The next issue is of course the ongoing energy outlook in the EU. For the most part, Western Europe is a largely dependent upon Russia for its energy needs. Most nearly all gas is supplied from Russia. A recent joint venture to produce an export pipeline across the Baltic Sea to Germany has received much press coverage along with Ex-Chancellor Schröder taking a place on its Board of Governors. Being buddy-buddy with Premier Putin certainly oiled the cogs of that placement. Hence most likely all energy deals with Russia would be in Euros. This would go a long way to not only enforce the Euro strength but also to at least provide choice in a USD-controlled resource world. Yes, currency options do exist for energy deals but the dominant question for investors must be of timing. Will it happen this year or next? We have read a number of articles calling for the end or dismantling of Petro-Dollar regimes and the like. Certainly there are political and geopolitical factors at present in a USD choked world and regimes are of course tuned in to the US vulnerability on the energy front. If you have not read my Café piece I would urge you to read it.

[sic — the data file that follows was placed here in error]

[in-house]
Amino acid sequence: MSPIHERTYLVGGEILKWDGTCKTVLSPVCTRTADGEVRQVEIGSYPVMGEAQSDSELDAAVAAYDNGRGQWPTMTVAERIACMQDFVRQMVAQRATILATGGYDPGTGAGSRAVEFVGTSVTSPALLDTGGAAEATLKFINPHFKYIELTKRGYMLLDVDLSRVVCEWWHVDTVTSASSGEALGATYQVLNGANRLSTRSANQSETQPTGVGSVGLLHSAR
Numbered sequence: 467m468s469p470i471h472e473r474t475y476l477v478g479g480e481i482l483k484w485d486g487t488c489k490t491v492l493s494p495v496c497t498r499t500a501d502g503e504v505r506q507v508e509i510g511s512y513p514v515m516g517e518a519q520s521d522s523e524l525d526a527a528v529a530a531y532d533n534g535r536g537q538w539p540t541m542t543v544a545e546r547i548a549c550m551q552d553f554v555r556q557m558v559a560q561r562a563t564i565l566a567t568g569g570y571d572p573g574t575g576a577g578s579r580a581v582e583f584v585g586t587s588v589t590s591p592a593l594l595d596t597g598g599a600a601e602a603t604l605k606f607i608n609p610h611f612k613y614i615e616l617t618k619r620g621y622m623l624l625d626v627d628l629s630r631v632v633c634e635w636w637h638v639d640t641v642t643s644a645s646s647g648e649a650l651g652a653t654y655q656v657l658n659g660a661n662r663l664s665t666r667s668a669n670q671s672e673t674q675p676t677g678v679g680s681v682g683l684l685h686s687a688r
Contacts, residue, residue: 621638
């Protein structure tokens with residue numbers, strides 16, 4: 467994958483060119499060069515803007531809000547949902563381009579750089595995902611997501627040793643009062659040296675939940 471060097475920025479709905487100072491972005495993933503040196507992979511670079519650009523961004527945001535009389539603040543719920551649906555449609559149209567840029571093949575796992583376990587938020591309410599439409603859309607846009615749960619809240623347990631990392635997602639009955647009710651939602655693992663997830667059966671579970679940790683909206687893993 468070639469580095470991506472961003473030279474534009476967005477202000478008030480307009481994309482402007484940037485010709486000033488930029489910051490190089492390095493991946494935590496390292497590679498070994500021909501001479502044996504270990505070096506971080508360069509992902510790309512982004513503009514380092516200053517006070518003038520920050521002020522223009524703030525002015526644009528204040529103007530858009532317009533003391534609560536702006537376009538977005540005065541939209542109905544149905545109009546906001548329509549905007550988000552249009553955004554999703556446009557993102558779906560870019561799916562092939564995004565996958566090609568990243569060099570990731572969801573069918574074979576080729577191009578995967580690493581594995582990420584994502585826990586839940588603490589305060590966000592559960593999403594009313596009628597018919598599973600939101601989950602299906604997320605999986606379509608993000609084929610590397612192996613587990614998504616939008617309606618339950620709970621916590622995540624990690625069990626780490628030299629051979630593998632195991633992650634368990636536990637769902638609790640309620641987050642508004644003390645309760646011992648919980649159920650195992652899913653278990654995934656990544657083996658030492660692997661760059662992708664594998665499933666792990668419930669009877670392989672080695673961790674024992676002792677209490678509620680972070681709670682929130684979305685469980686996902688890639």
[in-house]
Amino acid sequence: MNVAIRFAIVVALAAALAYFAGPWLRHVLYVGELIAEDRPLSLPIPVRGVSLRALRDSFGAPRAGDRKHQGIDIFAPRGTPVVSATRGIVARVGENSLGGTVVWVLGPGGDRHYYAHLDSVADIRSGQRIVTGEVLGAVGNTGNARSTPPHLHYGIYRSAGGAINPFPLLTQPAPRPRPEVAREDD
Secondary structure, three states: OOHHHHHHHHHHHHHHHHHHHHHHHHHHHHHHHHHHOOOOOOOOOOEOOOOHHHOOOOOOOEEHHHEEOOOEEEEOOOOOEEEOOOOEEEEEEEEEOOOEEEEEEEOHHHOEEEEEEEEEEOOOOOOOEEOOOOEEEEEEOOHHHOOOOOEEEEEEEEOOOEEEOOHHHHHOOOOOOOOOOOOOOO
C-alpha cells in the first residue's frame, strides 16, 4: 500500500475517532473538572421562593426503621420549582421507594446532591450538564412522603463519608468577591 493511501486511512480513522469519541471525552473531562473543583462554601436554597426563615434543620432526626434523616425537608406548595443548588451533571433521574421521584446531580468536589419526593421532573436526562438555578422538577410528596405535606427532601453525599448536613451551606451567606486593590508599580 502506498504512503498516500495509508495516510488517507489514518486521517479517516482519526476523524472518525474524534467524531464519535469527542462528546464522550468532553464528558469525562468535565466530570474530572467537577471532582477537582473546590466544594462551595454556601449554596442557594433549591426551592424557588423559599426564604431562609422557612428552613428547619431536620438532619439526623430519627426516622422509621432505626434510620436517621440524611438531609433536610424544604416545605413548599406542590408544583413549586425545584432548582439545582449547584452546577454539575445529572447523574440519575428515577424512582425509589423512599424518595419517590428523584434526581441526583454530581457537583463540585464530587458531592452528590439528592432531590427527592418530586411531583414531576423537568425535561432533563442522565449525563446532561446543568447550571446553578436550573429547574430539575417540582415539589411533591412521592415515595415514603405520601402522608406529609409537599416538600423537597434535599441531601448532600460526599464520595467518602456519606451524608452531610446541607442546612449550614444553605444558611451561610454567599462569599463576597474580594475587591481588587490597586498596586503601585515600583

(Globalisation - Opinion & Book Review) http://www.dinl.net/cafeDINL.php5?id=125
To conclude this part, we feel that Euro certainly has upward potential to the 38% and even 50% fibo lines in the graphic below. The shorter term puzzle pieces remaining include Euro growth perspectives and the ECB rate increases as well as the upcoming FOMC meetings on 31 Jan and 28 Mar. Also, although both the German consumer and business confidence indexes have now reached recent highs, these indexes have gyrated psychopathically in the past. Trying to get a constant and clear reading of true sentiment from these has been like playing roulette. The most important factor we feel remains the energy Achilles Heel. Europe is simply much more expensive in real terms than North America and imports near all its energy needs in US Dollars of course. We understand the Petro-Dollar argument yet believe more geopolitical pieces must fall into place before we can or will see a "blowing up" of the USD lock hold. Right now we cannot see a stampeding out of the USD just yet.